The township that served the Imagi Vert pretended normalcy even in the shadow of magic. Only the central square boasted flagstone. Dust, dirt, and weeds made up all the streets. The small stables reeked like stables anywhere, and pisspots stood in the alleys waiting to be taken and their contents sold to the launderer to whiten cloth or the tanner to soften hide. The flowers of early summer drew bees and flies. The sun warmed thatched roofs until they stank a little. Birds chattered and warned each other from their nests. Dogs ran here as they did anywhere, chasing squirrels and each other. A few hundred feet to the north, the Mocking Tower loomed, a spire of bone and glass, then a pillar of plate-thin stones stacked one atop the other toward the sky, then a spiral of what looked like skinned flesh, then an ivy-clad maiden of granite with a crown of living flame.
The people of the township viewed the thief as the greater curiosity. He walked through the streets, eyes hidden but with a cheerful smile. The empty scabbard bumped against his back with every step.
The Traveler’s Hearth stood just down from the square and at an angle, like a servant with eyes politely averted. The thief went to it as if he stayed there often. The keeper—a fat man wearing the traditional iron chain of hospitality wrapping his left arm—greeted him in the courtyard.
“I need only a small room,” the thief said.
“No small rooms, nor any big ones either,” the fat man said. “Just rooms is all.”
“All people claim the same dignity before the Imagi?” the thief said as if joking.
“Just so. Just so. Simin can take your horse if you have one.”
Simin—a lanky, dark-haired boy with a simple, open face—nodded hopefully. The thief shook his head and handed three of the square, silver coins to the fat man. “I only take what I can carry.”
The keeper considered the coins as if they spelled out the future, then pressed his lips tight and shrugged. The iron chain clinked as if offering its own metallic thoughts. Simin broke the silence. “I can show you the way anyhow.”
“Very kind of you,” the thief said.
Simin trotted ahead, leading the thief down short halls and into a hidden courtyard of cherry trees. A stone cistern loomed in a corner where a thin-limbed girl scrubbed away moss with a black-bristled brush and tried not to stare. The thief nodded to her. She blushed and nodded back.
Simin stopped at a high door the color of fresh cream, opening the brass latch with a click. The thief stepped into his private room and the boy trotted along behind him. The air smelled of soap and lilac. Shadows clung to the pale walls, like stepping into a sudden twilight. A modest bed with a dark brown, rough-woven blanket of the sort common to the southern tribes a hundred years before. An ironwork sculpture of an iris in a frame hung on the wall opposite the only window. An earthenware jug and cup sat on a low table beside three unlit candles. Simin, smiling, closed the shutters as if the thief had asked him to. The shadows grew deeper.
The thief sank slowly to the bed. The empty scabbard clattered on the floor where he dropped it. He swept off his hat and let it sit beside him, covered in pollen and dust. Sweat-dark locks of hair stuck to his balding scalp. His cheerful smile vanished and fear took its place. He shook his head, pressed a palm to his brow, and shook his head again.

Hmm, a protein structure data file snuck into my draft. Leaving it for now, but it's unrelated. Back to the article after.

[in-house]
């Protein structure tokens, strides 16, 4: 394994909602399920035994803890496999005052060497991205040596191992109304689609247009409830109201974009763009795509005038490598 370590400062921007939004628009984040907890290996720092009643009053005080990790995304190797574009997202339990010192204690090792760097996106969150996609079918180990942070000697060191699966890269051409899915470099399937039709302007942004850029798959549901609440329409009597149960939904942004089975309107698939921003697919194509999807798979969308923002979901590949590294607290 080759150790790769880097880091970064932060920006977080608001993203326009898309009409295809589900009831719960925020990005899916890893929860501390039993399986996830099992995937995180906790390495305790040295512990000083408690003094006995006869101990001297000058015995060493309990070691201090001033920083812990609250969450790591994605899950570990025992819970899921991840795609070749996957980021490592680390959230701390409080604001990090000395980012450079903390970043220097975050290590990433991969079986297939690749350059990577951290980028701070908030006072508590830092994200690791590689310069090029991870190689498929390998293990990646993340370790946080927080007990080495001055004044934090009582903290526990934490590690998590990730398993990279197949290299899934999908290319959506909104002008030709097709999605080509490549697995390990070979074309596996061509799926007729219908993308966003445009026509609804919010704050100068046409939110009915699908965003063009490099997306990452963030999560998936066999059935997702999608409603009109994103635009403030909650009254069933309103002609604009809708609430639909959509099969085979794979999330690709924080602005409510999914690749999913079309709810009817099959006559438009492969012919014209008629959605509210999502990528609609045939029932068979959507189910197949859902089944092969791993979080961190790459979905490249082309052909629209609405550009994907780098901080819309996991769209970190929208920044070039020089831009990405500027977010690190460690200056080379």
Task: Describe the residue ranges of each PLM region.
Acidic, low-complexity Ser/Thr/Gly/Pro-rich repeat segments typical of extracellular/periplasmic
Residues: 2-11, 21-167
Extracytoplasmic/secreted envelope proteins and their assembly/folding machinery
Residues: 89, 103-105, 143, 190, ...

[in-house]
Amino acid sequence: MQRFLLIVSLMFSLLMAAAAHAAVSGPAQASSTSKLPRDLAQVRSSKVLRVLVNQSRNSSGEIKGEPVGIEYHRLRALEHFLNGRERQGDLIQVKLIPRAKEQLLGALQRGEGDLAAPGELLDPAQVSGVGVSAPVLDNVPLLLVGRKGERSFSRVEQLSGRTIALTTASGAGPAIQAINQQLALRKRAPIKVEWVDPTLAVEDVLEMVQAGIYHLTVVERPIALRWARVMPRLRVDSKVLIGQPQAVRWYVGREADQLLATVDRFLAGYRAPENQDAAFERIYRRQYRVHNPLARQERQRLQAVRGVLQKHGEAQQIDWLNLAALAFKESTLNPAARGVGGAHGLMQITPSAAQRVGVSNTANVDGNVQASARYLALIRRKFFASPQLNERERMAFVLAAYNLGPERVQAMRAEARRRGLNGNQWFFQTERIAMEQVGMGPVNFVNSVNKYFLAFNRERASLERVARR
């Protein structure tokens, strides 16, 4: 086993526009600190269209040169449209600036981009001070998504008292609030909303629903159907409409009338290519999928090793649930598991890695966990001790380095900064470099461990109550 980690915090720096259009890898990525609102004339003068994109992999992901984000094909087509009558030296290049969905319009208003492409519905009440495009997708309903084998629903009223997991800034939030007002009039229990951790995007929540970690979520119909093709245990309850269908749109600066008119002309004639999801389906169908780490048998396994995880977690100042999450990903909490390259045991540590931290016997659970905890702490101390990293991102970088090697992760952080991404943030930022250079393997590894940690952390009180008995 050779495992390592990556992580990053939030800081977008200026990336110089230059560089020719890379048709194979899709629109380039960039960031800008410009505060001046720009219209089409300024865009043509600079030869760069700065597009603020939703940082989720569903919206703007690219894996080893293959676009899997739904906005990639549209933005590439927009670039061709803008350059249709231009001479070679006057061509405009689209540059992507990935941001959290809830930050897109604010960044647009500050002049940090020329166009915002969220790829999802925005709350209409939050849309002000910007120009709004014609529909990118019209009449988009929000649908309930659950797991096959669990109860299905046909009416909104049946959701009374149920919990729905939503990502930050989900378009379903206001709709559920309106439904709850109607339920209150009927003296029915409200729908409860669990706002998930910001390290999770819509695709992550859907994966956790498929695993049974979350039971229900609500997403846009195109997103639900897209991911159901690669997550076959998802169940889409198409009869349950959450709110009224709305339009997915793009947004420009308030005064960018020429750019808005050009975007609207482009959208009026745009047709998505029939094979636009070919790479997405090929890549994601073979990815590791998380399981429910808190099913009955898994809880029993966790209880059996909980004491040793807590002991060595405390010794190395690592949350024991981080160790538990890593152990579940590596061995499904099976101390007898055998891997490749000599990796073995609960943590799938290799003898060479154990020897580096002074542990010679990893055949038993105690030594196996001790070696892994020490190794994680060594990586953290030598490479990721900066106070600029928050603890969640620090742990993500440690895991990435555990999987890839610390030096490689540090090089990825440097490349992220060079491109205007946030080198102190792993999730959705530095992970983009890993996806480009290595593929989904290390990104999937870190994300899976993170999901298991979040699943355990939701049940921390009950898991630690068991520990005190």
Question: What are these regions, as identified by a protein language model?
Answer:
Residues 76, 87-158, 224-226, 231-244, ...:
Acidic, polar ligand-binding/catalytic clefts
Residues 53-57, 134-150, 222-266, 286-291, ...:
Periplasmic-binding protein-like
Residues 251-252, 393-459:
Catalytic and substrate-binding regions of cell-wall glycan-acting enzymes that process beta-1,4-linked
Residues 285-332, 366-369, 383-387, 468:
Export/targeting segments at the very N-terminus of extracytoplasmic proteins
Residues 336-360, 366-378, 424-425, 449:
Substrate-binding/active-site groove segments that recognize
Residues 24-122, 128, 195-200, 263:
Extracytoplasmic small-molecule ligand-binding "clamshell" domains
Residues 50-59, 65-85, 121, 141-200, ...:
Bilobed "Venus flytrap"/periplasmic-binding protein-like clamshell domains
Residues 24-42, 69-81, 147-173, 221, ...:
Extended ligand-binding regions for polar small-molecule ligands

“I can’t. I can’t do this.”
“You can,” Simin—whose name was not Simin—snapped, his own affectation of boyish goodwill falling away. “And you will.”
“Did you see that tower? I’ve heard tales of the Mocking Tower, everyone has. I thought it would . . . I don’t know. Catch the sunlight oddly. Cast weird shadows. ‘Seems to shift moment by moment’ they say, ah? Too damned true. How do I put myself against a wizard who can do that?”
Simin leaned against the wall, arms folded across his chest. “You don’t. I do.”
“We’re making a mistake. We should go back.”
“Back to what? Fire and death? We keep to the plan,” the boy said. “Get the sword. End the war.”
The thief sagged forward, elbows against his knees, head in his hands. “If you say. If you say.” Then, gathering himself. “Did you find it?”
Simin poured water from the jug into the cup and handed it to the thief as he spoke. “No. But with you here, they’ll show me. Whatever changes, wherever the guard increases, whatever they keep you from. That’s how I’ll know. You strike the drum, and I listen to the echoes for answers. It works that way. And the more they watch you, the less they watch me.”
“I know, I know,” the thief said, then paused to drink the cup dry. He handed it back, wiping his lips with a sleeve. “I liked this plan better before I came here. Successions and thrones and blood and armies in the field. Now magic swords and wizards and a tower like something that’s crawled out of a bad dream. I don’t belong in something like this.”
“Go in the morning. Talk to everyone you can find. Ask about green glass.”
“Green glass? Why?”
“I found a private temple not far from the tower fashioned from it. I think the blade may be there.”
“Green glass, then. And boasting about crossing the Imagi Vert in front of the people most loyal to him. And acting mysterious and charming. When the wizard kills me over this, you can carry the guilt.”
“What news from the war?” Simin asked, and his tone said he already knew. The swamping of Loon Channel. The murder of Prince Tauen. The starvation in Cai Sao Station. A question that carries its own answer argues something more than its words. The thief understood.